Lead Investigator: Sarah Nevitt, University of Liverpool
Title of Proposal Research: Antiepileptic drug monotherapy for epilepsy: an updated Cochrane review and individual participant data network meta-analysis
Vivli Data Request: 5291
Funding Source: Yes: The update of the Cochrane IPD-NMA of antiepileptic drugs will be funded by the National Institute for Health Research (UK) upon receipt of the completed work (NIHR 129904 £19,950.42)
Potential Conflicts of Interest: None
Summary of the Proposed Research:
Epilepsy is a common neurological condition, believed to account for 1% of the total global burden of disease. People with epilepsy experience recurrent, unprovoked seizures are caused by abnormal electrical discharges from the brain. There are two types of epileptic seizures which will be studied within this updated review, focal seizures that start in one area of the brain, and generalised onset tonic‐clonic seizures that start in both cerebral hemispheres simultaneously. It is believed that with effective drug treatment, up to 70% of individuals with active epilepsy have the potential to become seizure free and go into long-term remission of seizures shortly after starting therapy with a single antiepileptic drug (AED monotherapy). Currently in the UK, National Institute for Health and Care Excellence (NICE) guidelines for adults and children recommend carbamazepine or lamotrigine as the first treatment options to try for individuals with newly diagnosed focal seizures and sodium valproate for individuals with newly diagnosed generalised tonic‐clonic seizures. However, a range of other AEDs are available.
The choice of the first antiepileptic drug for an individual with newly diagnosed seizures is of great importance and should be made taking into account high‐quality evidence of how effective the drugs are at controlling seizures and whether they are associated with side effects. It is also important that drugs appropriate for different seizure types are compared to each other.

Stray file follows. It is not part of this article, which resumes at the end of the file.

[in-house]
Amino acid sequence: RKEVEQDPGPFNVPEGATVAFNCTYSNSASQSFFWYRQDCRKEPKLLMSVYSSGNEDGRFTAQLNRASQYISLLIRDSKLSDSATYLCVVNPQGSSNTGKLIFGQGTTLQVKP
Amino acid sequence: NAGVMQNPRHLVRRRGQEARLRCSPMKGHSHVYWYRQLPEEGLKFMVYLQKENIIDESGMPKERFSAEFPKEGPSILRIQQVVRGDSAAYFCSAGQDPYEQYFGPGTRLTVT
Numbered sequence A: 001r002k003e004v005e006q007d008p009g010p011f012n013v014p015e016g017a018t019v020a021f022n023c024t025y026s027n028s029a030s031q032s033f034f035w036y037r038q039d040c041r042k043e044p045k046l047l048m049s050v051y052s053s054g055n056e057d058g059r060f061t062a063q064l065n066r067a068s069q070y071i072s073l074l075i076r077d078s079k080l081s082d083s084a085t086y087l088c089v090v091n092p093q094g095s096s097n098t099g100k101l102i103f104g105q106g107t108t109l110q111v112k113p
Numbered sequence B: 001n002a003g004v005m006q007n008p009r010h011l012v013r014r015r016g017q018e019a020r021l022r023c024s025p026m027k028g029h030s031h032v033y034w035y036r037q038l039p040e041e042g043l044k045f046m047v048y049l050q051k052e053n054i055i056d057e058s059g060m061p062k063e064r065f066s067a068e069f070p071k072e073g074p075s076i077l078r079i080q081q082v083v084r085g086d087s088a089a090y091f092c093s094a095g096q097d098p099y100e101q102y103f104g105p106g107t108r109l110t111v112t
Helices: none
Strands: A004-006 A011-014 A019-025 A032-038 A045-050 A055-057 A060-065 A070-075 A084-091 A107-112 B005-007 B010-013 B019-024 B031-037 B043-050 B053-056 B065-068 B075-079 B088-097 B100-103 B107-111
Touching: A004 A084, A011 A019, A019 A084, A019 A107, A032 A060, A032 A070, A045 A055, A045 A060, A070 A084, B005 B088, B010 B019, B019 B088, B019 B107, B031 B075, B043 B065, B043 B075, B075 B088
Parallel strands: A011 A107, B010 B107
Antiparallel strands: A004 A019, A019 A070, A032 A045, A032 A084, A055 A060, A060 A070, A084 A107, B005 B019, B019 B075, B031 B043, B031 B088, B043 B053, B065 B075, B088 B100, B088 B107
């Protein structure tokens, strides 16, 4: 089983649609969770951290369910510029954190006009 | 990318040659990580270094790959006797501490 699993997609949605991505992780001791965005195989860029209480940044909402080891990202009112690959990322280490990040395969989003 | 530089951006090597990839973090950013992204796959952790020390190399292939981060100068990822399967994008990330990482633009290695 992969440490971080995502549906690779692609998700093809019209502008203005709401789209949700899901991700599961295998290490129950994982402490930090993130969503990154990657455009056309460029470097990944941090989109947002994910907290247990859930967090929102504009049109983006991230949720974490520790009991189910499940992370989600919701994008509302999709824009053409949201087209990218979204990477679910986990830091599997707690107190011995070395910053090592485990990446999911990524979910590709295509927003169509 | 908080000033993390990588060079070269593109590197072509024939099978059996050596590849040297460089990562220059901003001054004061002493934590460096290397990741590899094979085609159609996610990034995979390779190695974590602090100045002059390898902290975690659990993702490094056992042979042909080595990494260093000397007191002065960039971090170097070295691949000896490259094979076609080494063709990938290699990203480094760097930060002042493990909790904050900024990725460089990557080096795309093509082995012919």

Our previous Cochrane review results supported current NICE guidelines, and also demonstrated that newer AED levetiracetam may be a good alternative treatment. New studies comparing AEDs have been published since our previous review was published in 2017. Therefore we will update our previous review with new evidence. NICE guidelines within the UK are in the process of being updated. The results of our updated review will provide up to date and high quality evidence to directly inform these guidelines within the UK for future individuals with newly diagnosed seizures and will provide wider evidence to inform a choice for decision makers, clinicians or individuals with epilepsy between appropriate drugs available for the initial treatment of epilepsy.
A Multi-Center, Open-label, Randomized Study to Evaluate the Long Term Effectiveness of Levetiracetam as Monotherapy in Comparison With Oxcarbazepine in Subjects With Newly or Recently Diagnosed Partial Epilepsy
Sponsor: Korea UCB Co., Ltd.
Study ID: NCT01498822
Sponsor ID: N01367
A Multicenter, Double-blind, Double-dummy, Randomized, Positive- Controlled Study Comparing the Efficacy and Safety of Lacosamide (200 to 600 mg/Day) to Controlled Release Carbamazepine (400 to 1200 mg/Day), Used as Monotherapy in Subjects (≥ 16 Years) Newly or Recently Diagnosed With Epilepsy and Experiencing Partial-onset or Generalized Tonic-clonic Seizures.
Study ID: NCT01243177
Sponsor ID: SP0993
(Note: Below study was denied due to being subject to legal, contractual or consent provisions that prevent further sharing of clinical data)
An Open-label, Randomized, Parallel-group, Active-controlled Study Comparing the Efficacy and Safety of Levetiracetam to Carbamazepine Used as Monotherapy in Subjects Newly or Recently Diagnosed as Epilepsy and Partial-onset Seizures
Sponsor: UCB Pharma SA
Study ID: NCT01954121
Sponsor ID: N01364